Amex use is not free.  Holders of the free Blue Curve card will pay 0.65% on all American Express transactions.  Holders of the £50 Black Curve will get £1,000 of American Express payments for free each month, with a fee of 0.65% thereafter.

All UK personal American Express cards are accepted as far as I can tell.  This includes charge (Platinum), BA, SPG etc.  This is a surprise as I understood that only the co-brand cards – which have had their fees capped under EU legislation – were going to participate.

Is it worth paying 0.65% for American Express acceptance?

Oddly, there is not a straight answer here.

If you have Curve Black then, whilst you are spending your £1,000 of free Amex allowance per month, it is clearly a good deal.  Beyond that, or for all Curve Blue customers, it is a bit different.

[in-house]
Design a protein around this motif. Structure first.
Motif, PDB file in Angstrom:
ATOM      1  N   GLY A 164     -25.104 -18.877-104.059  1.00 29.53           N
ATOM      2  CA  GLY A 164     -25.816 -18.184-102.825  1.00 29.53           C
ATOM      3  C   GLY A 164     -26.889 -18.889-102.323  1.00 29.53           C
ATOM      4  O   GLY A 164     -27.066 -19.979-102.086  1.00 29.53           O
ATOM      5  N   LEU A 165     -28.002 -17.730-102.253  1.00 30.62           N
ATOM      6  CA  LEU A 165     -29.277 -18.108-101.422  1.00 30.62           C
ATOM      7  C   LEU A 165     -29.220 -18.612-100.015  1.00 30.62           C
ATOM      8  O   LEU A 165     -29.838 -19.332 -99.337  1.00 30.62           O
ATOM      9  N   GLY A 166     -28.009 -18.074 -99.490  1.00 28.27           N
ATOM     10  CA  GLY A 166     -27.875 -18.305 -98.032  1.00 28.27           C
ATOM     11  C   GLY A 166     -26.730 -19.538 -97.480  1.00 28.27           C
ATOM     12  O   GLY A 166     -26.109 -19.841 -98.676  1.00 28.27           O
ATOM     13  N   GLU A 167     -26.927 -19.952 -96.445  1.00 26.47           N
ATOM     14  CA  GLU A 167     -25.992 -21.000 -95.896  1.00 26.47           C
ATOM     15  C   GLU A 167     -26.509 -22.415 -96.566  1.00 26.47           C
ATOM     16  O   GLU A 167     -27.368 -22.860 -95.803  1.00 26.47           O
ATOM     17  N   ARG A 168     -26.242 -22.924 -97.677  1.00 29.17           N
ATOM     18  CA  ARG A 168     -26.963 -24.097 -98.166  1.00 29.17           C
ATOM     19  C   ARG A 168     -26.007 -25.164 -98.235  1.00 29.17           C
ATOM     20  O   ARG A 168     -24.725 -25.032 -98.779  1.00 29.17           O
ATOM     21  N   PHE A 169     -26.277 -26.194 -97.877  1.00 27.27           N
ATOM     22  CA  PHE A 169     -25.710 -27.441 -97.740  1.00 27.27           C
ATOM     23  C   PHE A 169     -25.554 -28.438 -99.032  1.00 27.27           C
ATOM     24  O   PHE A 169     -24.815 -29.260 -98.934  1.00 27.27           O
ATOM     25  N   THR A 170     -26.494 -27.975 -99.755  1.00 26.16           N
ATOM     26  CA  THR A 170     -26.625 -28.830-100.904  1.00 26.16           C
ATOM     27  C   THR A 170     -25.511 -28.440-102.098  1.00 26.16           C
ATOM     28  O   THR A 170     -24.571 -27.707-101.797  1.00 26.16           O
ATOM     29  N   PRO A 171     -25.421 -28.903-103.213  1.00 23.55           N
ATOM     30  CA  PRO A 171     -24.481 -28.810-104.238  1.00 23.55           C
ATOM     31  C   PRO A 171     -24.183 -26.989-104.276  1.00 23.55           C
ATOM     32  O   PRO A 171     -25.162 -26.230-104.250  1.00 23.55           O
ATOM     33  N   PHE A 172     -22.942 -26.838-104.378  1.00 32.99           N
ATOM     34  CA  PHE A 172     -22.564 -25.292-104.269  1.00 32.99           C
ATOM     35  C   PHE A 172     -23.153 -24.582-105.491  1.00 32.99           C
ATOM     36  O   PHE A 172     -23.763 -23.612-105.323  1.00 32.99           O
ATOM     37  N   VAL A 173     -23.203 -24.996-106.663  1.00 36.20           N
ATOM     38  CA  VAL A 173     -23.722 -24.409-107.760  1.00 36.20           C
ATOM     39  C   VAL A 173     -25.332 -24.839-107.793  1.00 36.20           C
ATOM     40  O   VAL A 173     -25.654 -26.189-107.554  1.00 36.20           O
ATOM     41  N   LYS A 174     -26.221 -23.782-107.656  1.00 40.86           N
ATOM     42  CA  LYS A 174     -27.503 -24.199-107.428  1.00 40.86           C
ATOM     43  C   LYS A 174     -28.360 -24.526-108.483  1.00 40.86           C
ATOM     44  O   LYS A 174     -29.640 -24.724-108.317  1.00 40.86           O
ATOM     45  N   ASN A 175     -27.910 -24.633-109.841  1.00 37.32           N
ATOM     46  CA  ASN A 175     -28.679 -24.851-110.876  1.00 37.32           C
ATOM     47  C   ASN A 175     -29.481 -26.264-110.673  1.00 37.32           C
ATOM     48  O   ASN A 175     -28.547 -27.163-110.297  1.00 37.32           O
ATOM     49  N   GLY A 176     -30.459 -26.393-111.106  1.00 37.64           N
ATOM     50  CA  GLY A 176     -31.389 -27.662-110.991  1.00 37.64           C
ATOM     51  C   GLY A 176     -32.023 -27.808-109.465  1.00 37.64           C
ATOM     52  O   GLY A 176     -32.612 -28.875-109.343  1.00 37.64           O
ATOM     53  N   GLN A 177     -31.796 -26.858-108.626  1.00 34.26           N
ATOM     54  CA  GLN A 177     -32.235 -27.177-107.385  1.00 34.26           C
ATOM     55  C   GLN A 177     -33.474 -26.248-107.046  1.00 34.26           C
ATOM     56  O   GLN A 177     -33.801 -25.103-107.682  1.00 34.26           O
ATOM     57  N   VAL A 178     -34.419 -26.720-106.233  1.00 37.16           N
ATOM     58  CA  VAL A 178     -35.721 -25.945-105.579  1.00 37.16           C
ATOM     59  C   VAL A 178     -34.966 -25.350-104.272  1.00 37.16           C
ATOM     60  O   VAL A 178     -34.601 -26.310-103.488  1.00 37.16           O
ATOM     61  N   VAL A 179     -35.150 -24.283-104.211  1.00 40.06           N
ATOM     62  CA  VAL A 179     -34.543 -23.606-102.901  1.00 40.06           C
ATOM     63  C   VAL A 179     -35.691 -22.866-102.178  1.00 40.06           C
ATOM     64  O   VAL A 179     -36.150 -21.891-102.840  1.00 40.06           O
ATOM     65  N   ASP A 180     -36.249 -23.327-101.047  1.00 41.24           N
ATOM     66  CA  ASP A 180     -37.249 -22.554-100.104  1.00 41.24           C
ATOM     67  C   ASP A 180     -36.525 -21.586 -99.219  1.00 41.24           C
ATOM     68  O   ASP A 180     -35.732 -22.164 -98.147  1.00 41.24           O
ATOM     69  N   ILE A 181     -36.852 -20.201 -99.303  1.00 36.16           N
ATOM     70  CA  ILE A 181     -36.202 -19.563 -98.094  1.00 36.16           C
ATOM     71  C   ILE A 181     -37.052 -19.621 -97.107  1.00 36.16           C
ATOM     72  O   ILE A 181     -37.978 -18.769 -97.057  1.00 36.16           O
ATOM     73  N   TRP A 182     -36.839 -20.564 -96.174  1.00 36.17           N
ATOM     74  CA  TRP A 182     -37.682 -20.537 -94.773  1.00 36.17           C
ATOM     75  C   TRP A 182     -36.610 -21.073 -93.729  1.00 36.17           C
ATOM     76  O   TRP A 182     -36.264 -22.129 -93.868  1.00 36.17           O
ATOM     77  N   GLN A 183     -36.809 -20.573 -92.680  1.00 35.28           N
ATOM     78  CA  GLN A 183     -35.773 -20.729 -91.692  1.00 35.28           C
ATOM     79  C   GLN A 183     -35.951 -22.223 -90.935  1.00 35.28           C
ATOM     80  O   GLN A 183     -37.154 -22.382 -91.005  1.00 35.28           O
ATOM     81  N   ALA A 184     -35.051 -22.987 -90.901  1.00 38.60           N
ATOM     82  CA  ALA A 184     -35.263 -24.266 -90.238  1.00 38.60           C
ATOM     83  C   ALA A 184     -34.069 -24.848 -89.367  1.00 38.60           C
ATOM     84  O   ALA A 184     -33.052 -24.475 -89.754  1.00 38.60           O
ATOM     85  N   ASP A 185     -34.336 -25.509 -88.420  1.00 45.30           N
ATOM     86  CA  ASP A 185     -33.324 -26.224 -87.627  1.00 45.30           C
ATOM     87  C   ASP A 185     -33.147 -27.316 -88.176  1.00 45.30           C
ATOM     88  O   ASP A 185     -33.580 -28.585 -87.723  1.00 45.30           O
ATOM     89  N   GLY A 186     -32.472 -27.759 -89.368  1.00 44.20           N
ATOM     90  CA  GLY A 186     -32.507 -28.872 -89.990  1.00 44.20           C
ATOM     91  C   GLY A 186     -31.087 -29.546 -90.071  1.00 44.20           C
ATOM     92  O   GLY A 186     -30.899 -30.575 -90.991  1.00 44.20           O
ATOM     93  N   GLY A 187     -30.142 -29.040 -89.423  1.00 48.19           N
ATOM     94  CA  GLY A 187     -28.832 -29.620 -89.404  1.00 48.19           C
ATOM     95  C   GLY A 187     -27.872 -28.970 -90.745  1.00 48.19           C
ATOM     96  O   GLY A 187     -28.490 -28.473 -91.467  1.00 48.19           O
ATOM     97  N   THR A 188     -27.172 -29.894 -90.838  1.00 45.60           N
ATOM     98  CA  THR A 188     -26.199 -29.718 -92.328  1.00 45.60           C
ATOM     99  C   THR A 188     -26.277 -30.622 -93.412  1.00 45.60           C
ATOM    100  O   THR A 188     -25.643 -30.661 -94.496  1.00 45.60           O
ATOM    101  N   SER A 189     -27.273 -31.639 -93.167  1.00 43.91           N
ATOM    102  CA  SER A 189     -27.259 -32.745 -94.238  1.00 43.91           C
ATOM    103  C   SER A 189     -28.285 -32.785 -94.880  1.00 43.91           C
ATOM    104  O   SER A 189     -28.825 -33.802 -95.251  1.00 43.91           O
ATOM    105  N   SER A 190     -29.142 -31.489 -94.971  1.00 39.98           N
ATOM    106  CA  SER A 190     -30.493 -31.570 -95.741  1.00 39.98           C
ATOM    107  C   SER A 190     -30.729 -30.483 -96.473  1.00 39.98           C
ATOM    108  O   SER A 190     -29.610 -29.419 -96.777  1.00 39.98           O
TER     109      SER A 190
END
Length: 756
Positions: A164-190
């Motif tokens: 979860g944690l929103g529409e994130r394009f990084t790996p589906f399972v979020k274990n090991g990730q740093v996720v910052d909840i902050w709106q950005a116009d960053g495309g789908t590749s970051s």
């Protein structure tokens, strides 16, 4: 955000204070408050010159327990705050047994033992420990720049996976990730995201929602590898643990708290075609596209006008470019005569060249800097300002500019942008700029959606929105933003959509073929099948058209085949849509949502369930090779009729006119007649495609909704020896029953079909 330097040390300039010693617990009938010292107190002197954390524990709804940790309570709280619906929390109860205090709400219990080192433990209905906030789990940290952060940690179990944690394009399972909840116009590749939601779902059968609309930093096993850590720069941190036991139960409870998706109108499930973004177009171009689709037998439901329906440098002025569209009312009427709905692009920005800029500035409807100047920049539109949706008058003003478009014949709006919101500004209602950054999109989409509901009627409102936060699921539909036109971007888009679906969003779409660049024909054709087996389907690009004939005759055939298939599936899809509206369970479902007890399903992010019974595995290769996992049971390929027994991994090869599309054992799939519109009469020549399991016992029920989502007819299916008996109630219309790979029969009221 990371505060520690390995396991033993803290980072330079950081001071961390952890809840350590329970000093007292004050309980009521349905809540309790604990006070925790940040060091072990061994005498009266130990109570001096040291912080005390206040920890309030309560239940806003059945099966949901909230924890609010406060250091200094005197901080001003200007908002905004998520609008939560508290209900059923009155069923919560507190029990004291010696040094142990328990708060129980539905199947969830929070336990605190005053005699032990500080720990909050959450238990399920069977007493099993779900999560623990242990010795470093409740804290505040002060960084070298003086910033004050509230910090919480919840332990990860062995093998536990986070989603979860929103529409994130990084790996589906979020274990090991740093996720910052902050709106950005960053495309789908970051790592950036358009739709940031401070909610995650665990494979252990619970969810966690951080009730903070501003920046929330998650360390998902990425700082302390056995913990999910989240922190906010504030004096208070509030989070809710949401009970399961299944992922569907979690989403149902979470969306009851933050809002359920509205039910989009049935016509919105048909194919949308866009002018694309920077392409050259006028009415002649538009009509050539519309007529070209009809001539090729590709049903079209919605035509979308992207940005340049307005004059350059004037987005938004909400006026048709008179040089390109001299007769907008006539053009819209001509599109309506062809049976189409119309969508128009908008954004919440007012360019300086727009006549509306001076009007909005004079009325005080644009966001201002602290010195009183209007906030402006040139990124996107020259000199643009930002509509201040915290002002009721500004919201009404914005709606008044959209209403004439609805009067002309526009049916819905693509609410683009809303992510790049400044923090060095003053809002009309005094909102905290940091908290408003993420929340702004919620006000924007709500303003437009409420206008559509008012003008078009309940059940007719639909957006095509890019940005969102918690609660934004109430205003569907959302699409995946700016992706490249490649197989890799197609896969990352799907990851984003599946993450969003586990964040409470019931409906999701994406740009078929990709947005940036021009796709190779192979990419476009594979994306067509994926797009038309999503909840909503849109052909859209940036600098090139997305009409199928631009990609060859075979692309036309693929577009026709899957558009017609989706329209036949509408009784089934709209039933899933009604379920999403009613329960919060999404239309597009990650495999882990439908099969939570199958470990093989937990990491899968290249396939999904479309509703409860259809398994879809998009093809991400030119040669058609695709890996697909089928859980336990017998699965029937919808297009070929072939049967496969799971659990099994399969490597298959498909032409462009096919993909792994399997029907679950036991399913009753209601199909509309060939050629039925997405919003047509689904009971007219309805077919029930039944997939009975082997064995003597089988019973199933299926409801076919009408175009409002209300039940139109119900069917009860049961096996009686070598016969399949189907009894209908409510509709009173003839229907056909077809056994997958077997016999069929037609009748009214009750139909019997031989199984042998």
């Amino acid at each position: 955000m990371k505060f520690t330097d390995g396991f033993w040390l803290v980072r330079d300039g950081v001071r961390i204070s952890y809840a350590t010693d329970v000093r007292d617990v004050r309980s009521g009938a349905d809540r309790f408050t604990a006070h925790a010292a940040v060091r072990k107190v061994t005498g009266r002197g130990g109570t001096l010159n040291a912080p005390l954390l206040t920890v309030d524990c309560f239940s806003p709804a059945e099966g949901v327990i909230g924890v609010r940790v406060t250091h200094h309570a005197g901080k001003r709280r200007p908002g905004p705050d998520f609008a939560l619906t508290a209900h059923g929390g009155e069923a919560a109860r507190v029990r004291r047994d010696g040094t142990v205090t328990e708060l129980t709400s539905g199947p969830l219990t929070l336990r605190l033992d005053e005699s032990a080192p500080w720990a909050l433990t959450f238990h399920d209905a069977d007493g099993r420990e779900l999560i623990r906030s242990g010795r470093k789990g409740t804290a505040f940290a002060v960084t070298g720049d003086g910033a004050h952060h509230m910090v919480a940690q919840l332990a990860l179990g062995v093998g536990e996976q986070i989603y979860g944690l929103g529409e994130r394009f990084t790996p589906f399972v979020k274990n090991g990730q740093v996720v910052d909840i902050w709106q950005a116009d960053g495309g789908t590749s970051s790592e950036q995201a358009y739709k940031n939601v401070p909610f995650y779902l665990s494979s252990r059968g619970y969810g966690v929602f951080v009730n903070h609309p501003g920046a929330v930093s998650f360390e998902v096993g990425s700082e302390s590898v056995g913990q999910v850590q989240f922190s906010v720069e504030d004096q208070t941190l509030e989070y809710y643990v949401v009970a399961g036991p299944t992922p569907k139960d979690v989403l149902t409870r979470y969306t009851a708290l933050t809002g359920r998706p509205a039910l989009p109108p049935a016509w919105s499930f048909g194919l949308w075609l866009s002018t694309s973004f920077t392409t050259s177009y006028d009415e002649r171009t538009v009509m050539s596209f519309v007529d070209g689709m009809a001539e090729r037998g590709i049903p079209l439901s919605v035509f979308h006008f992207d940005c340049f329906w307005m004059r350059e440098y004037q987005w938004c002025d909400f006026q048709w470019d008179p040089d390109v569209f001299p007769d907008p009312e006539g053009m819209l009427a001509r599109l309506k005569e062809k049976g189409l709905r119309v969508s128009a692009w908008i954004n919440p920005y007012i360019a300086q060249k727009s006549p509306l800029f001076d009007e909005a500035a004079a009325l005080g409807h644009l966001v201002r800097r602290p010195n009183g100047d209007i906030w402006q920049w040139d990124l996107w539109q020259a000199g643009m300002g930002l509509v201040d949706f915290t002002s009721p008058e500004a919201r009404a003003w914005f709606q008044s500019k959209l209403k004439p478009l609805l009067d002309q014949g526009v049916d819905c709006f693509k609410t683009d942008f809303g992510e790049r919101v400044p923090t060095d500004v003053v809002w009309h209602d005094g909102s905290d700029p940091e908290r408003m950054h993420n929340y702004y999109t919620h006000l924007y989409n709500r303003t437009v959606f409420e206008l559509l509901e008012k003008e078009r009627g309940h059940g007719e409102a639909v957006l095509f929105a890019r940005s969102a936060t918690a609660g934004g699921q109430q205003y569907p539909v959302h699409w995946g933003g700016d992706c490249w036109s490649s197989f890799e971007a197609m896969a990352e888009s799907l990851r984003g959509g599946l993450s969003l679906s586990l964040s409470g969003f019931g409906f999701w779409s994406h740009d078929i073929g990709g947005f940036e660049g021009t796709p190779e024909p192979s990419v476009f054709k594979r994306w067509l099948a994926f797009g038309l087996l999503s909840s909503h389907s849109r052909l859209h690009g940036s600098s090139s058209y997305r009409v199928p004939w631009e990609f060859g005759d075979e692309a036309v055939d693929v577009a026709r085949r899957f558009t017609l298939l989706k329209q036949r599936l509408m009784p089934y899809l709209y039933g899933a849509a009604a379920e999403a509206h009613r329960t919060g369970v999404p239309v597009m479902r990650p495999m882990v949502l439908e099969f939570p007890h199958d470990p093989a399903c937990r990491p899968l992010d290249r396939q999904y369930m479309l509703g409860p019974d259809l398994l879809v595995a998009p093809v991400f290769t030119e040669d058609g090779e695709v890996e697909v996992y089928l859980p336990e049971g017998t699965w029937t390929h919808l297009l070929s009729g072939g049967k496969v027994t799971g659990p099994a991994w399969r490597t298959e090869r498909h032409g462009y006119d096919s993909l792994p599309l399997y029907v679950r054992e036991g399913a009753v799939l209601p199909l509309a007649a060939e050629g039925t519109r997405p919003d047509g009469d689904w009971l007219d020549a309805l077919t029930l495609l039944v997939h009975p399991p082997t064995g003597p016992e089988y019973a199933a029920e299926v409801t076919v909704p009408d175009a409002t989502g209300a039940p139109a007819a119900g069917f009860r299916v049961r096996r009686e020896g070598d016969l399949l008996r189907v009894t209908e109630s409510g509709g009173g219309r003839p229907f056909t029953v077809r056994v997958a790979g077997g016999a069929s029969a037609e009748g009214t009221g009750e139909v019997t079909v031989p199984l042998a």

On the face of it, you might say:

“I am paying 0.65p per £1 recharged to my free BA Amex to earn 1 Avios, and 0.65p is a bargain”, or

“I am paying 0.65p per £1 recharged to my BA Premium Plus Amex to earn 1.5 Avios, and 0.43p per Avios is a great bargain”, or

“I am paying 0.65p per £1 recharged to my SPG Amex to earn 3 Starwood / Marriott points, and 0.22p per Starwood / Marriott points is a great bargain”

However ….

There is also an opportunity cost because you could have used a Visa or Mastercard for free.  You could for example:

Link a Virgin Atlantic Reward+ Mastercard to Curve, earn 1.5 Virgin miles per £1 and pay no transaction fee, or

Link a BA Premium Plus American Express to Curve, earn 1.5 Avios per £1 and pay 0.65% transaction fee